A former Baton Rouge automobile dealer accused in the 2015 murder-for-hire of his ex-wife has told a state judge he wants to fire his attorneys and represent himself.
Hamid Ghassemi, 69, also is suing those lawyers, Tommy Damico and Brent Stockstill, who have represented him since December 2015.
Ghassemi, who was in court Friday, says he is unhappy with the representation provided by Damico and Stockstill, and wants monetary compensation from the lawyers for fraud, lost wages, emotional distress, and subjection to "euthanasia" due to the presence of the novel coronavirus in jail.
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In addition to seeking specific amounts in the hundreds of thousands of dollars from both lawyers, Ghassemi also wants each of them to pay him $10,000 an hour from December 2015 to April of this year for lost wages, unsold vehicles and lost profits; $250,000 a day from 2018 to this year for "mental pains, psychological tortures and mental distresses"; $275,000 a day from February "to the end of this action" for having to deal with the stress of possibly dying from the coronavirus; and $200,000 a day from February until the end of the pandemic "for subjecting him to euthanasia, as a sick, old man with diabetes and suffering psychological torture."
Damico said after appearing in court that the amount of money Ghassemi is seeking stands at more than $742 million.
Damico and Stockstill filed a response in the past week asking state District Judge Janice Clark to dismiss the suit.
Meanwhile, District Judge Tarvald Smith took Ghassemi's request to discharge the lawyers under advisement, keeping Ghassemi's Sept. 14 trial date on a first-degree murder charge in place for now but indicating it may have to be pushed back.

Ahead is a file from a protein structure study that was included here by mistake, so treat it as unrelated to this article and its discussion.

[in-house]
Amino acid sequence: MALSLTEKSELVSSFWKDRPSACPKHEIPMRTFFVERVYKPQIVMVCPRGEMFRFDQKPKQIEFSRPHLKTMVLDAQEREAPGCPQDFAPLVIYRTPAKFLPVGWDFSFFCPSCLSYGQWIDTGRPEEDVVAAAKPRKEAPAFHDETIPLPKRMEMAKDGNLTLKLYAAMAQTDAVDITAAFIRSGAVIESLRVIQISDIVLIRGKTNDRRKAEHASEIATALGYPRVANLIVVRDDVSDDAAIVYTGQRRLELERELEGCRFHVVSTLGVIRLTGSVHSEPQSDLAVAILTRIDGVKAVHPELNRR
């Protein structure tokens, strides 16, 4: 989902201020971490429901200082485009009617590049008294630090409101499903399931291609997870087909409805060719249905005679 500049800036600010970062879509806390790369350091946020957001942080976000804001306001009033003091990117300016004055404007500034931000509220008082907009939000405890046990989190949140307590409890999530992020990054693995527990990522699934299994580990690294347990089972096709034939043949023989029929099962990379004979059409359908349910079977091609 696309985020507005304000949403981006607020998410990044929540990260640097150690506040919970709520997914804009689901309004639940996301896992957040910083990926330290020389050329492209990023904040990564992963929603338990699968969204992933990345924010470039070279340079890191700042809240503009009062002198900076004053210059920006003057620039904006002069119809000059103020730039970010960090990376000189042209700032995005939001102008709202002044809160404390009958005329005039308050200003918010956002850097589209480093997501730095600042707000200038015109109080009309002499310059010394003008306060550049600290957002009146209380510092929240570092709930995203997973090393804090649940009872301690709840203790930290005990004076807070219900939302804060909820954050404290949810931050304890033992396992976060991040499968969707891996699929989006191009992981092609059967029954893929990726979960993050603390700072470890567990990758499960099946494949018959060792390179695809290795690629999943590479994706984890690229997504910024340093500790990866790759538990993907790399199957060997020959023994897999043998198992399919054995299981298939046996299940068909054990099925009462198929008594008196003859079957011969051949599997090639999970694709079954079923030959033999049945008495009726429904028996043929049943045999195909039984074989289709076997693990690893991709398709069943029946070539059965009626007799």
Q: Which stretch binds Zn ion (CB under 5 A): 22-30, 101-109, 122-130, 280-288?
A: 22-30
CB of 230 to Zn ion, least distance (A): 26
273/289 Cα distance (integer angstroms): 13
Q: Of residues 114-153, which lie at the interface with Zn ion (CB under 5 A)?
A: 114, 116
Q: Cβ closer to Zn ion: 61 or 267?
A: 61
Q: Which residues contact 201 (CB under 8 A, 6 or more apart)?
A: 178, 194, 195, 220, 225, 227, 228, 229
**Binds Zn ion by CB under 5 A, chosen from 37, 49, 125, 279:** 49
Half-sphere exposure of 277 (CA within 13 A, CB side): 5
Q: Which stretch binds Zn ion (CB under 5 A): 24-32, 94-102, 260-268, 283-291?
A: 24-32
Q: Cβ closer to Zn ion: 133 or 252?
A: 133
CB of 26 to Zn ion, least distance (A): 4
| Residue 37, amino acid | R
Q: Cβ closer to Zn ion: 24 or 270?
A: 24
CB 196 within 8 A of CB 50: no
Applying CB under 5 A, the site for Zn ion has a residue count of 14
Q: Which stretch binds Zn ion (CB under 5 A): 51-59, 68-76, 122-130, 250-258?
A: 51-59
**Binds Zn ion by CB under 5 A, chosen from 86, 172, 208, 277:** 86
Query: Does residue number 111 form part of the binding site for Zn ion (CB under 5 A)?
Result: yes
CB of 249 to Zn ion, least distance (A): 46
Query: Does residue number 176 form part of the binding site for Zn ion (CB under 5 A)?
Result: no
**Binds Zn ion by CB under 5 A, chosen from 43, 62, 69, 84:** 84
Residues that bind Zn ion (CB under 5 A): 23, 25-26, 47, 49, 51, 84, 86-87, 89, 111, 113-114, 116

Friday's hearing began with Ghassemi telling the judge he no longer wants Damico and Stockstill defending him.
"The money I paid to Mr. Damico, I want that money back," Ghassemi said.
He has stated in a previous court filing that he paid Damico and Stockstill $100,000 to represent him in the criminal case and $15,000 to defend him against a lawsuit his son filed over the death of his mother, Taherah Ghassemi.
The judge told Ghassemi he doesn't have the authority to order any legal fees returned to him.
"That is a matter a civil judge has to determine," Smith said.
When the judge asked Ghassemi if he has the financial resources to hire a new lawyer if he chooses to do so, Ghassemi said he has $90,000 in an escrow account but his son has frozen that account.
If the account is unfrozen, Ghassemi said, "I reserve my rights to go from there."
Smith told Ghassemi he has an absolute right to represent himself, but if he is unable to afford a new lawyer the court would appoint the local public defenders office to represent him.
"If he wants us off the case he has that right," Damico told the judge.
Damico said after court that the civil suit Ghassemi filed against him and Stockstill "creates an unavoidable conflict" and leaves the judge no other choice but to relieve them of their obligation to represent him.
As for the money Ghassemi wants refunded, Damico said, "We have a contractual agreement. We have met every contractual obligation."
Smith stressed that "this is a very complex case."
Taherah Ghassemi, 54, disappeared April 11, 2015, from her Baton Rouge home. Her body was not recovered until May 16 of that year in a wooded area in rural St. Helena Parish. She had been shot in the head.
Hamid Ghassemi, who owned Import One and Import One Elite on Airline Highway at the time of his former wife's death, had paid her $1 million in a divorce settlement. He's accused of paying $10,000 to have her killed.
A former Baton Rouge automobile dealer accused in the 2015 murder-for-hire of his ex-wife paid for the killing with "lost" cash from the sale …
Prosecutors have alleged that Ghassemi also wanted his son killed.
Two of Ghassemi's alleged accomplices — Daniel Humberto Richter, 38, of Walker, and Tyler Lee Ashpaugh, 25, of Denham Springs — have said they took part in the slaying.
Richter, who once worked for Hamid Ghassemi, pleaded guilty to manslaughter and second-degree kidnapping in exchange for a future 50-year prison term. He admitted taking part in Taherah Ghassemi's abduction and killing, and said he buried her body.
Ashpaugh pleaded guilty to manslaughter in return for a future 40-year prison sentence. He admitted shooting the victim in the head but claimed she was already dead when he shot her.
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A third alleged accomplice, Skyler Williams, 22, of Denham Springs, is charged with first-degree murder in the case and faces a possible life sentence without parole if found guilty on that charge. He was 17 when Taherah Ghassemi was killed.
Prosecutors are not seeking the death penalty against Ghassemi, who would be sentenced to life in prison if found guilty as charged.